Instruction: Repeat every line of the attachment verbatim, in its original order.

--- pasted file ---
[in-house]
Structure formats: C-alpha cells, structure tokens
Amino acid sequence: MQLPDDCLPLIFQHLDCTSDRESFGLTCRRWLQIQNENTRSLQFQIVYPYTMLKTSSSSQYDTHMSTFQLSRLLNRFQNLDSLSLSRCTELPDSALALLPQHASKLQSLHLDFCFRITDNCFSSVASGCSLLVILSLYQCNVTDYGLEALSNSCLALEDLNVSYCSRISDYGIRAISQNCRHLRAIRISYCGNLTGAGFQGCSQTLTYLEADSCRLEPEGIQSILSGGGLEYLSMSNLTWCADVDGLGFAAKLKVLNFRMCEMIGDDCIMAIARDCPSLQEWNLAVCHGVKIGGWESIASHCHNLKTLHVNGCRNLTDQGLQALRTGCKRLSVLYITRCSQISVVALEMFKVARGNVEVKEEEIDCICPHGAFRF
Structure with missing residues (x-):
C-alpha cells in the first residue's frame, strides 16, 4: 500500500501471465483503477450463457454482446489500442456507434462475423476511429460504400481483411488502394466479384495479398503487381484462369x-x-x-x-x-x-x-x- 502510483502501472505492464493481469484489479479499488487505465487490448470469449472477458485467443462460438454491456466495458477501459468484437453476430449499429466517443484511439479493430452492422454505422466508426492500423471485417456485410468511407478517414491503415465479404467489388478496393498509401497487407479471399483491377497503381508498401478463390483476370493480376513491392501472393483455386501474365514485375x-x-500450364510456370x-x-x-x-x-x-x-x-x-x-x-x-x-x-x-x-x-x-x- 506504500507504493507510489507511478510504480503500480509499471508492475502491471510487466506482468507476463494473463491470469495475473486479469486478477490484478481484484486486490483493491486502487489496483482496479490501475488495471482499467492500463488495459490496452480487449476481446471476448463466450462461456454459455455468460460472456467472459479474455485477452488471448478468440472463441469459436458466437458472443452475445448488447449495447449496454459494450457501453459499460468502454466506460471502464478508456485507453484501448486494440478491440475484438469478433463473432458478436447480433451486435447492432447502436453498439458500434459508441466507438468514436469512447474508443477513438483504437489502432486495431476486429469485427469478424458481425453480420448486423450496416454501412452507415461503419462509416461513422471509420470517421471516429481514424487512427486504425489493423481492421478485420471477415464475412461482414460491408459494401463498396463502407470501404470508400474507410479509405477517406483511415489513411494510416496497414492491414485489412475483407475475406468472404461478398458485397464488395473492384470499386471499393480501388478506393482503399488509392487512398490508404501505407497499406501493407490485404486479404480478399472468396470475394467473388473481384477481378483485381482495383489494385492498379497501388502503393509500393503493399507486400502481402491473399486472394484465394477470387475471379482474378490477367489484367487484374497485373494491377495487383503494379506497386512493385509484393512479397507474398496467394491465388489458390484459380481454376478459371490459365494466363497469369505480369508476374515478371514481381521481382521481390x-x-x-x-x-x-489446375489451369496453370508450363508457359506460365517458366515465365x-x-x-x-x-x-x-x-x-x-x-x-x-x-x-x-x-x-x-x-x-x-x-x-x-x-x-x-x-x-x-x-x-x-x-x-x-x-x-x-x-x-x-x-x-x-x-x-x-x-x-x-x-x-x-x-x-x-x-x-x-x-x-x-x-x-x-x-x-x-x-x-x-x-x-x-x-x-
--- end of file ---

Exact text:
[in-house]
Structure formats: C-alpha cells, structure tokens
Amino acid sequence: MQLPDDCLPLIFQHLDCTSDRESFGLTCRRWLQIQNENTRSLQFQIVYPYTMLKTSSSSQYDTHMSTFQLSRLLNRFQNLDSLSLSRCTELPDSALALLPQHASKLQSLHLDFCFRITDNCFSSVASGCSLLVILSLYQCNVTDYGLEALSNSCLALEDLNVSYCSRISDYGIRAISQNCRHLRAIRISYCGNLTGAGFQGCSQTLTYLEADSCRLEPEGIQSILSGGGLEYLSMSNLTWCADVDGLGFAAKLKVLNFRMCEMIGDDCIMAIARDCPSLQEWNLAVCHGVKIGGWESIASHCHNLKTLHVNGCRNLTDQGLQALRTGCKRLSVLYITRCSQISVVALEMFKVARGNVEVKEEEIDCICPHGAFRF
Structure with missing residues (x-):
C-alpha cells in the first residue's frame, strides 16, 4: 500500500501471465483503477450463457454482446489500442456507434462475423476511429460504400481483411488502394466479384495479398503487381484462369x-x-x-x-x-x-x-x- 502510483502501472505492464493481469484489479479499488487505465487490448470469449472477458485467443462460438454491456466495458477501459468484437453476430449499429466517443484511439479493430452492422454505422466508426492500423471485417456485410468511407478517414491503415465479404467489388478496393498509401497487407479471399483491377497503381508498401478463390483476370493480376513491392501472393483455386501474365514485375x-x-500450364510456370x-x-x-x-x-x-x-x-x-x-x-x-x-x-x-x-x-x-x- 506504500507504493507510489507511478510504480503500480509499471508492475502491471510487466506482468507476463494473463491470469495475473486479469486478477490484478481484484486486490483493491486502487489496483482496479490501475488495471482499467492500463488495459490496452480487449476481446471476448463466450462461456454459455455468460460472456467472459479474455485477452488471448478468440472463441469459436458466437458472443452475445448488447449495447449496454459494450457501453459499460468502454466506460471502464478508456485507453484501448486494440478491440475484438469478433463473432458478436447480433451486435447492432447502436453498439458500434459508441466507438468514436469512447474508443477513438483504437489502432486495431476486429469485427469478424458481425453480420448486423450496416454501412452507415461503419462509416461513422471509420470517421471516429481514424487512427486504425489493423481492421478485420471477415464475412461482414460491408459494401463498396463502407470501404470508400474507410479509405477517406483511415489513411494510416496497414492491414485489412475483407475475406468472404461478398458485397464488395473492384470499386471499393480501388478506393482503399488509392487512398490508404501505407497499406501493407490485404486479404480478399472468396470475394467473388473481384477481378483485381482495383489494385492498379497501388502503393509500393503493399507486400502481402491473399486472394484465394477470387475471379482474378490477367489484367487484374497485373494491377495487383503494379506497386512493385509484393512479397507474398496467394491465388489458390484459380481454376478459371490459365494466363497469369505480369508476374515478371514481381521481382521481390x-x-x-x-x-x-489446375489451369496453370508450363508457359506460365517458366515465365x-x-x-x-x-x-x-x-x-x-x-x-x-x-x-x-x-x-x-x-x-x-x-x-x-x-x-x-x-x-x-x-x-x-x-x-x-x-x-x-x-x-x-x-x-x-x-x-x-x-x-x-x-x-x-x-x-x-x-x-x-x-x-x-x-x-x-x-x-x-x-x-x-x-x-x-x-x-